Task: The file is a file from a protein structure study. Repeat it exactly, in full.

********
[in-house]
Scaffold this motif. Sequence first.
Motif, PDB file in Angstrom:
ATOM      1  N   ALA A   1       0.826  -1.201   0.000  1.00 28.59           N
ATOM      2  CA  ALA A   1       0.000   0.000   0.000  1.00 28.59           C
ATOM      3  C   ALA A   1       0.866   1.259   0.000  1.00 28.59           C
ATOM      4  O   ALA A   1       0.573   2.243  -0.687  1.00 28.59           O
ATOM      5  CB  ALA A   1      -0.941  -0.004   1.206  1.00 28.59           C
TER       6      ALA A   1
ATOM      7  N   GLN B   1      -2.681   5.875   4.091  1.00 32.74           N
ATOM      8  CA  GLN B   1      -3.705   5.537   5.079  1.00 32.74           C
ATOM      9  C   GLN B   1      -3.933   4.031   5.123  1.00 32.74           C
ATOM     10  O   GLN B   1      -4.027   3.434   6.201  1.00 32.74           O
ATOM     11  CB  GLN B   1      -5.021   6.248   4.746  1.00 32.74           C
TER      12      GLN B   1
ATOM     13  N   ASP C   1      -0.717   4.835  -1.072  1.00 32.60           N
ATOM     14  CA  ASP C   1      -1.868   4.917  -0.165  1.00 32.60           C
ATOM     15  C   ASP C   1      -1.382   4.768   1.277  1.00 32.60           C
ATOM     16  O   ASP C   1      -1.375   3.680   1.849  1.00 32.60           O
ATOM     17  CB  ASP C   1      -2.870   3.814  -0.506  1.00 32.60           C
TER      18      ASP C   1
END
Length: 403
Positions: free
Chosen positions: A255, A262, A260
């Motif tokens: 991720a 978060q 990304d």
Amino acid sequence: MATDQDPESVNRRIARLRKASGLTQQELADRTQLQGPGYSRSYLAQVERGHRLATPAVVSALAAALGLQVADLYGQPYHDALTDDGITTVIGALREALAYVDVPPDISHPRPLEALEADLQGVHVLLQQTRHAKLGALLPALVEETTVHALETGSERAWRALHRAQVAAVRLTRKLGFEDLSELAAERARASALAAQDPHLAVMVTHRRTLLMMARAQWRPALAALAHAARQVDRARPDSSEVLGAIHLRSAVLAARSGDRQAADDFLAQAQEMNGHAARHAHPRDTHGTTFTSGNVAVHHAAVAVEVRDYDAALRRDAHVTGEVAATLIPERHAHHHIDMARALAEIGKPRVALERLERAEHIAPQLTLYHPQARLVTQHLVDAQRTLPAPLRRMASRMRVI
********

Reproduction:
[in-house]
Scaffold this motif. Sequence first.
Motif, PDB file in Angstrom:
ATOM      1  N   ALA A   1       0.826  -1.201   0.000  1.00 28.59           N
ATOM      2  CA  ALA A   1       0.000   0.000   0.000  1.00 28.59           C
ATOM      3  C   ALA A   1       0.866   1.259   0.000  1.00 28.59           C
ATOM      4  O   ALA A   1       0.573   2.243  -0.687  1.00 28.59           O
ATOM      5  CB  ALA A   1      -0.941  -0.004   1.206  1.00 28.59           C
TER       6      ALA A   1
ATOM      7  N   GLN B   1      -2.681   5.875   4.091  1.00 32.74           N
ATOM      8  CA  GLN B   1      -3.705   5.537   5.079  1.00 32.74           C
ATOM      9  C   GLN B   1      -3.933   4.031   5.123  1.00 32.74           C
ATOM     10  O   GLN B   1      -4.027   3.434   6.201  1.00 32.74           O
ATOM     11  CB  GLN B   1      -5.021   6.248   4.746  1.00 32.74           C
TER      12      GLN B   1
ATOM     13  N   ASP C   1      -0.717   4.835  -1.072  1.00 32.60           N
ATOM     14  CA  ASP C   1      -1.868   4.917  -0.165  1.00 32.60           C
ATOM     15  C   ASP C   1      -1.382   4.768   1.277  1.00 32.60           C
ATOM     16  O   ASP C   1      -1.375   3.680   1.849  1.00 32.60           O
ATOM     17  CB  ASP C   1      -2.870   3.814  -0.506  1.00 32.60           C
TER      18      ASP C   1
END
Length: 403
Positions: free
Chosen positions: A255, A262, A260
């Motif tokens: 991720a 978060q 990304d």
Amino acid sequence: MATDQDPESVNRRIARLRKASGLTQQELADRTQLQGPGYSRSYLAQVERGHRLATPAVVSALAAALGLQVADLYGQPYHDALTDDGITTVIGALREALAYVDVPPDISHPRPLEALEADLQGVHVLLQQTRHAKLGALLPALVEETTVHALETGSERAWRALHRAQVAAVRLTRKLGFEDLSELAAERARASALAAQDPHLAVMVTHRRTLLMMARAQWRPALAALAHAARQVDRARPDSSEVLGAIHLRSAVLAARSGDRQAADDFLAQAQEMNGHAARHAHPRDTHGTTFTSGNVAVHHAAVAVEVRDYDAALRRDAHVTGEVAATLIPERHAHHHIDMARALAEIGKPRVALERLERAEHIAPQLTLYHPQARLVTQHLVDAQRTLPAPLRRMASRMRVI